Having failed in his second attempt to get into college, Minato Sahashi is at a loss of what to do. As fate would have it, however, a girl falls out of the sky and lands right on top of him. Her name is Musubi, and she's a Sekirei, a girl destined to become involved in a large-scale battle. She immediately takes Minato as an Ashikabi -- a special partner who has the ability to grant her powers with a serious upgrade -- and together they set out to find their path.
The two move into an apartment complex which is already inhabited by various girls, and... hm? What do you mean it all sounds very familiar for some reason?
I realize that coming up with something original gets harder by the day. And it's not like I haven't seen my share of knockoffs already, both good and bad, but it has to be said anyway; Sekirei is one of the most derivative, by-the-numbers shounen series I have laid my eyes on for quite some time. But don't take my word for it. Let's do a rundown of a few of the elements you see in the first episode alone.
Boy fails to get into college, moves into dorm with a group of girls? Check. (Although we've already covered this one.)
Hell, even when Minato and Musubi were sitting outside in the rain after having visited several realtors in an attempt at finding a new place to stay after Minato was evicted from his earlier homestay for bringing girls into the premises, I hysterically wondered what he did with his motorcycle.
I guess it's always possible that the creators of Sekirei eventually figured out that lending elements so frivolously probably wouldn't be a good idea in the long run, so -- to be fair -- the similarities pretty much go away after a couple of episodes. That's not to say the show turns all that much more interesting, though. The problem with it is basically that it tries to come off as more well-written than it really is, which it does by tossing out several lures in the form of story elements that never really gets followed up on for the rest of its runtime. It does its darnedest to appear all secretive and mysterious, which only works when you actually DELIVER said secrets at some time during the show. Or at the very least some of them. And, I guess, the creators of Sekirei realized this too. So what do they throw in your face to distract you?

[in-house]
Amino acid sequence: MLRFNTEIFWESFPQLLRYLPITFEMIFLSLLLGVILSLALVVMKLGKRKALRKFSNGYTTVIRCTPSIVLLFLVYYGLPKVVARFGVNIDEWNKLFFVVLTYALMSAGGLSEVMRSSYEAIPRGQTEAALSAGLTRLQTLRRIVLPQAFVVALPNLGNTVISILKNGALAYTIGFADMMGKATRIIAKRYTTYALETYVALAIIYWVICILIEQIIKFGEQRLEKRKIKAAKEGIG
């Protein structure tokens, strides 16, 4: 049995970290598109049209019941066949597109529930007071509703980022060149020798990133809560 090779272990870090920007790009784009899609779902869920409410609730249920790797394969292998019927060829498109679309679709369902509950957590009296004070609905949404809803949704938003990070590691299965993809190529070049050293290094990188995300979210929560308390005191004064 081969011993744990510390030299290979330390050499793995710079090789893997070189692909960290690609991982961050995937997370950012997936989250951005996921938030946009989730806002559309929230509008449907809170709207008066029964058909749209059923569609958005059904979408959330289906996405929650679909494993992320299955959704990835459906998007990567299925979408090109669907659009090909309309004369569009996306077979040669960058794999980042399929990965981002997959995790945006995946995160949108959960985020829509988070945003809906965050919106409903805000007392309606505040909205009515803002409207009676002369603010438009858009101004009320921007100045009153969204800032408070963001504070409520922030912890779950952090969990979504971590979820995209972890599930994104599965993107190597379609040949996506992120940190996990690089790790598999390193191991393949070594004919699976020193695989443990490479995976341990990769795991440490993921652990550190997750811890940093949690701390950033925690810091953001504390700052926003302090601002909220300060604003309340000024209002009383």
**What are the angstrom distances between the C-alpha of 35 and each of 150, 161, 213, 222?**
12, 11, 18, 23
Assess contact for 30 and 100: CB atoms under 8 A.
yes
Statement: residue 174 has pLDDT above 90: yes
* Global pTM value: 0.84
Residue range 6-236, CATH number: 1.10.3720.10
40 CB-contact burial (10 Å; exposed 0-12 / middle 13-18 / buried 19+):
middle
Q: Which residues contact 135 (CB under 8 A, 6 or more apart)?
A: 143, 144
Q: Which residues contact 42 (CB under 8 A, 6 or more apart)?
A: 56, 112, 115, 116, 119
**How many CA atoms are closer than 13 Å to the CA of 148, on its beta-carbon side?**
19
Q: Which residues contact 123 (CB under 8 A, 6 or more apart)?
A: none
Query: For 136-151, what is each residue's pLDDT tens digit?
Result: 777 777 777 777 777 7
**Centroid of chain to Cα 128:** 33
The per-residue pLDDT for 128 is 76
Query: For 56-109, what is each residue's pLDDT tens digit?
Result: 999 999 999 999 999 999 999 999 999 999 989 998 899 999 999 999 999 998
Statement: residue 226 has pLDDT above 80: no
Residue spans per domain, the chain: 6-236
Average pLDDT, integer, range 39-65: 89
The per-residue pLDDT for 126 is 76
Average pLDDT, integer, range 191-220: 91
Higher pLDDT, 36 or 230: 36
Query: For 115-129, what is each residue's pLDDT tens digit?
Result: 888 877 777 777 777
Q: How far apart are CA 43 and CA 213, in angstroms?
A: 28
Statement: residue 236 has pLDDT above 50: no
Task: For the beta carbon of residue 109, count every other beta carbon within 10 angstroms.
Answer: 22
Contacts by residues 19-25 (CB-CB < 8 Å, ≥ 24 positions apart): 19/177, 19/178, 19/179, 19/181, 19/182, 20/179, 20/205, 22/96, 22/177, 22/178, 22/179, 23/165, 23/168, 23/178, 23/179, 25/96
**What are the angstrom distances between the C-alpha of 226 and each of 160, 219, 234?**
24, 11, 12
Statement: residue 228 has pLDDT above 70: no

Big balloonious boobies. At least half of the girls in this show are just as voluptuous as most of the girls in Divergence Eve, or at least somewhat close. Also, the battles -- the few there are (more on that later) -- tend to only rip clothes, leaving the girls to cover up whatever remains of their dignity with their bare hands.
And in case you were wondering; yes, there are bathing scenes. Curiously enough, none of those takes place in a hotspring or at a beach. In fact, all of them are limited to the bathing area of the boarding house our main team find in the second episode. To make up for that, however, most episodes tend to feature one of those. There's even some uniform shenanigans in the middle set of episodes. Sekirei certainly knows what its audience likes.
Well, ok... not really. Thing is, I mentioned that this show has a nasty tendency to throw the audience several bones, only to have said audience realize that there are absolutely no meat on any of them whatsoever. Which is fine if you're a dog, I guess. It's also one of the biggest teases ever; it's a show about fights between super-powered girls, and yet there are hardly any fights to be had. Most of the time, the Sekirei participants meet, only to throw off a half-hearted attack just to showcase exactly what kind of powers they have. Then, they talk some, and the fight is either blown off or interrupted somehow, and we're back to square one. I don't think I've ever seen a fighting show that has so little fighting in it.